These same Eco-charlatans also promoted the switch to plastic bags and petroleum based products as a effective substitute to help stop the Destruction of the Rainforests - not taking into account the massive increase in industrial waste output that would be resultant from this profoundly hypocritical plan.

Now the Eco-Charlatans want to Ban plastic bags and Bottles and have already succeed in taxing the waste output of the plants they helped to Lobby into existence. They also take C02 output under Kyoto protocols - but only in the Western world, which cause our economies to tank as all the Jobs move to Asia and Latin America.

Now they want to tax you and me. These very same Charlatans want to tax the very Gas that allows life to thrive on this planet.

Soon, they will be taxing your lawn, trees and plants as vegetation only creates Oxygen and food, which helps sustain the lives of Humans... Who are Considered a Virus by the Likes of Al Gore, Ted Turner, Henry Kissinger et al



[edit on 12-6-2008 by doctormcauley]



posted on Jun, 12 2008 @ 10:25 AM
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A quick thanks to those of you who chose to rad my posts!

What I am trying to say has been very articulated by nicely a few above me.

I completely agree that increased C02 will trigger increased plant growth.

What I disagree with is making the blanket assumption that this in entirely a good thing.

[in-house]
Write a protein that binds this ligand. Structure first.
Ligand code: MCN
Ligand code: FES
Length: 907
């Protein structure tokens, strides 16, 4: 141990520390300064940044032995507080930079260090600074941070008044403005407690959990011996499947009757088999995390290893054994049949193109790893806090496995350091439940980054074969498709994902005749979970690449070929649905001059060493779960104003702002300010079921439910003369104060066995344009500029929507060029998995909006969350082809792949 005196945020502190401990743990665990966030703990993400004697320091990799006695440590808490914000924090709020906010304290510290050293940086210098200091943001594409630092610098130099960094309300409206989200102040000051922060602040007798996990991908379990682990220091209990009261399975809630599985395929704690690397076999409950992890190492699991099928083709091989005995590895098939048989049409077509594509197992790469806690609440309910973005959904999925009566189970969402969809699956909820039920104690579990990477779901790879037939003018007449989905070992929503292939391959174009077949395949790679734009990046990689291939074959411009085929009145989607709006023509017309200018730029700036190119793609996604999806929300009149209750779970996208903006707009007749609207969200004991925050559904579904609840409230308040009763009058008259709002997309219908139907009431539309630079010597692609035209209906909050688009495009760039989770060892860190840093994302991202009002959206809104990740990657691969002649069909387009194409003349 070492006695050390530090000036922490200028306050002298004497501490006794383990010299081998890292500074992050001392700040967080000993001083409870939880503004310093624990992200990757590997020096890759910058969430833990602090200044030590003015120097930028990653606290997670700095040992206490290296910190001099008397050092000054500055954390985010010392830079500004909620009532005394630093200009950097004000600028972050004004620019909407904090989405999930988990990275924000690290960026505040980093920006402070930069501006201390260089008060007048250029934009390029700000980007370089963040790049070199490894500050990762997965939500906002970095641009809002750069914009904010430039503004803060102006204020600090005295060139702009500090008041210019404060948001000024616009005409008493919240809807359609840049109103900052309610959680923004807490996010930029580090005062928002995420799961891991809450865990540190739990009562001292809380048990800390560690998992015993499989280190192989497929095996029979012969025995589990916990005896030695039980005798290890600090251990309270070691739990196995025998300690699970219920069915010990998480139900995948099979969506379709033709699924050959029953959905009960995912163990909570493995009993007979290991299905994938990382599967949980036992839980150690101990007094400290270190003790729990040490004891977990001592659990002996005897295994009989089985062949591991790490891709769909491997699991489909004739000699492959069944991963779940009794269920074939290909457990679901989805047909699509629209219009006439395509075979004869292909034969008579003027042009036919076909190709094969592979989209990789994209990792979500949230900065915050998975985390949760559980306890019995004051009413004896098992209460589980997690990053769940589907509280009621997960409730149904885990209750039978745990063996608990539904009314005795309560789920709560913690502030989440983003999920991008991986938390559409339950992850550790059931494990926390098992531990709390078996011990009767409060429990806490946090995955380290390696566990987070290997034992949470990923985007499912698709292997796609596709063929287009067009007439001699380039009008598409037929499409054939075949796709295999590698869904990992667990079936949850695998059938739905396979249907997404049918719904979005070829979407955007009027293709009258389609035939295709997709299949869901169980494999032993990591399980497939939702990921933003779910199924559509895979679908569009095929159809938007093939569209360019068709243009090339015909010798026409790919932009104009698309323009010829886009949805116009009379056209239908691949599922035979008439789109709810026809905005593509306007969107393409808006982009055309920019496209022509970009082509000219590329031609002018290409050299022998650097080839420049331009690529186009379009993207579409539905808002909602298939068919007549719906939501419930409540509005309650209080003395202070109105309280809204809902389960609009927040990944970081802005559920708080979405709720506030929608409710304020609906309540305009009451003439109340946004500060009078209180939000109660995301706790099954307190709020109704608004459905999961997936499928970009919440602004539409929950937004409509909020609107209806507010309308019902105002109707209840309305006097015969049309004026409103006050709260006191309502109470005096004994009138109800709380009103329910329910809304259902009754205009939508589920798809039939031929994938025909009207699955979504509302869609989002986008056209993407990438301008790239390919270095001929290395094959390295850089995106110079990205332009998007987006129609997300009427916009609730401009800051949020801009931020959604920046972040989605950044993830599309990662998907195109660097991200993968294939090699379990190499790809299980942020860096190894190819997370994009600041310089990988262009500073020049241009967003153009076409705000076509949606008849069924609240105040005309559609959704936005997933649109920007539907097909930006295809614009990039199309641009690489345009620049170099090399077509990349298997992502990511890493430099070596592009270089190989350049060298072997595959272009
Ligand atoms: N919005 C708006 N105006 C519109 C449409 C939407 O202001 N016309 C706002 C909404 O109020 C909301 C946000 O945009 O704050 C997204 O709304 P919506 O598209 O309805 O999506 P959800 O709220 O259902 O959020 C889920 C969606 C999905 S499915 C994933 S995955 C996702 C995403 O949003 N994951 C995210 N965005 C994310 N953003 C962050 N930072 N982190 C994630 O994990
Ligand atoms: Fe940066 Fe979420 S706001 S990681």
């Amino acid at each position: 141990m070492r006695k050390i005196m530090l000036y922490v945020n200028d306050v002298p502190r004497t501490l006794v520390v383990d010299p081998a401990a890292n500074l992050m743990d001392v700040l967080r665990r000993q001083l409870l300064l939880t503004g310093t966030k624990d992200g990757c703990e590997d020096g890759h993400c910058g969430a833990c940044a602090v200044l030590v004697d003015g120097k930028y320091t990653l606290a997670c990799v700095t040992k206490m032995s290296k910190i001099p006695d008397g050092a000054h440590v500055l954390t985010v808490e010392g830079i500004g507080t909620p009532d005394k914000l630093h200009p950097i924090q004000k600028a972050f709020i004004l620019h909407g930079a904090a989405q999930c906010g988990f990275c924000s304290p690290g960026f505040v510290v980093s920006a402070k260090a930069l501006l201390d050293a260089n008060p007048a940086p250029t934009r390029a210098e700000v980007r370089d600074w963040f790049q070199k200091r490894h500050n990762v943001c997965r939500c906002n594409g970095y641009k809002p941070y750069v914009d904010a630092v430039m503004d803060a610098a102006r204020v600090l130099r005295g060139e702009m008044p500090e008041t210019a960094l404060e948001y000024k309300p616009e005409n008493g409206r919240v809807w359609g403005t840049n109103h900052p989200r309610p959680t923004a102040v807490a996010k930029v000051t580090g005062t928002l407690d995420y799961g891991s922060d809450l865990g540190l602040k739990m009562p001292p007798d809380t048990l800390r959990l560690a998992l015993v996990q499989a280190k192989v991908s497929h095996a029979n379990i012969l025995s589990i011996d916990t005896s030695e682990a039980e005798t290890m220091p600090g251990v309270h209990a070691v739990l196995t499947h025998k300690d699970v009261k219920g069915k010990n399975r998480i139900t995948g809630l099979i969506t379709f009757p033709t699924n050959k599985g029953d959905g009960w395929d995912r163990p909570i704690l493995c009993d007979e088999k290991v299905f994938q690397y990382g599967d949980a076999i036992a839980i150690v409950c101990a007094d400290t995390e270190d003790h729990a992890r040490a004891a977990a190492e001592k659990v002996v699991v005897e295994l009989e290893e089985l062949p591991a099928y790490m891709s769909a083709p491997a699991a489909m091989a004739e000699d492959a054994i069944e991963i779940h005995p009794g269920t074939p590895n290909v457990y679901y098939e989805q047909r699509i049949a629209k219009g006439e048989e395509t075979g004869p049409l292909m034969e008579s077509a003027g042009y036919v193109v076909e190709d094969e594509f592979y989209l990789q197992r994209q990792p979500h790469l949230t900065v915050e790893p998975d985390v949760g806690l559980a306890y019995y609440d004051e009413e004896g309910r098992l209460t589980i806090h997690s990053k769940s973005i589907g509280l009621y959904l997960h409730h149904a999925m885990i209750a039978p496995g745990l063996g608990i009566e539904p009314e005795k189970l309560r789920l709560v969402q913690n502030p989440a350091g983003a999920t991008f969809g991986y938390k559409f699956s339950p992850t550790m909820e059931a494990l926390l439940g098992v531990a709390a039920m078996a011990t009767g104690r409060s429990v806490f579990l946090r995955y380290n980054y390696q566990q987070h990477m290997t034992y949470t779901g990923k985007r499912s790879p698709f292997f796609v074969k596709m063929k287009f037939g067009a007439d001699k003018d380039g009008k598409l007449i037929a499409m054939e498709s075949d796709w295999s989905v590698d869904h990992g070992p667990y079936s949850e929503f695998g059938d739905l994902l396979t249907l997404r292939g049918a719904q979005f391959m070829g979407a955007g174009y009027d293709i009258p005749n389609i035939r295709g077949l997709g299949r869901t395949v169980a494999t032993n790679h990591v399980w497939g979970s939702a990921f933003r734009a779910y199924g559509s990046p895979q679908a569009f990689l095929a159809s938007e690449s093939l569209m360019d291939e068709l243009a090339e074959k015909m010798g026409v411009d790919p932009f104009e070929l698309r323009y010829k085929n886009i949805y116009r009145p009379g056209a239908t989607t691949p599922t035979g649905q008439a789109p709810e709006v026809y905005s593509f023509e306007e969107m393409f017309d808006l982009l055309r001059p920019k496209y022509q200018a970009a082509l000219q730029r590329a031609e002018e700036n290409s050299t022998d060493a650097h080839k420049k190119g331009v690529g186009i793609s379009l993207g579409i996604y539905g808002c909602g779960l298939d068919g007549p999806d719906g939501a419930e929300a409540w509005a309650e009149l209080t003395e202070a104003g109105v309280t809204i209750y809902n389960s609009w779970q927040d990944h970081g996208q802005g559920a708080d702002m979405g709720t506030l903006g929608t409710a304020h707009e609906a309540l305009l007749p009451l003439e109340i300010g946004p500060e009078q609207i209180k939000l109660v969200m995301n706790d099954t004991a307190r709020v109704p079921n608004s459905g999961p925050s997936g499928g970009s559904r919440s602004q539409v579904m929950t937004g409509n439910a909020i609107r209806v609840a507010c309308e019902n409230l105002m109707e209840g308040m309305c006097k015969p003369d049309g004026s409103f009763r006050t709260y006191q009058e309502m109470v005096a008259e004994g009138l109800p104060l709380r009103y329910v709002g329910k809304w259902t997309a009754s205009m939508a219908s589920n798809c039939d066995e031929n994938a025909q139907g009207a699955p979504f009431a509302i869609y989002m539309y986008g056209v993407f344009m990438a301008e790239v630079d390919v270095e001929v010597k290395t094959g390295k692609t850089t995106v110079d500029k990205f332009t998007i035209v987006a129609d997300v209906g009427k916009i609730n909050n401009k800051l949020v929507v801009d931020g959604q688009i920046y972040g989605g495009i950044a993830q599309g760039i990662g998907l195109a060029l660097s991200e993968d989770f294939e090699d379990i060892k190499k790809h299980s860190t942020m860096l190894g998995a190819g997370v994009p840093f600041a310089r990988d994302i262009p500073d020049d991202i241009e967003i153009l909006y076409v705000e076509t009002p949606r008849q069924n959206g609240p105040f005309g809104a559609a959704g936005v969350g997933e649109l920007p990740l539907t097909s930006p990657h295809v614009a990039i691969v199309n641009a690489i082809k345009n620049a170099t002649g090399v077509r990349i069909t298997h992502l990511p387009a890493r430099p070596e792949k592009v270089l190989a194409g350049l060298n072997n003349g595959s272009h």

As I mention several times in my posts is the impacts of making changes to the composition of ecological systems.

You see every system on the planet is a working machine that is made up of an interconnection and interdependence of all its parts (the organisms). Each of these separate 'machines' then work as a larger machine comprised of all the smaller machines. It is a wildly complex system of interconnection and interdependence.

The principle of keystone species is an extreme example of what can happen to a ecological system when you remove just one all important species...that is habitat collapse.

I am not arguing that these changes WILL without a doubt cause cataclysmic effects, but I am warning that the actual results do not necessarily point to 'beneficial'.

Working on a daily basis with natural systems I am too familiar with the impacts of making changes, it tends to lead to decline.

My intent was to call this very informationless article for what it was, merely a statement that there is increased "growth". The article was in no was an assessment of improving planetary conditions.

Someone said something about a family member working with satellite data, and said we can tell everything from space. That is not true. Working as a conservation biologist (my past) I know for a fact you can get a lot of GENERAL data from satellite images and aerial photos, but it is GENERAL. We always had to do research "on the ground" to develop and conclusive data.
To say that a satellite was able to tell us what was happening in the images we see, other than the general idea, is disingenuous.



posted on Jun, 12 2008 @ 10:49 AM
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reply to post by yellowcard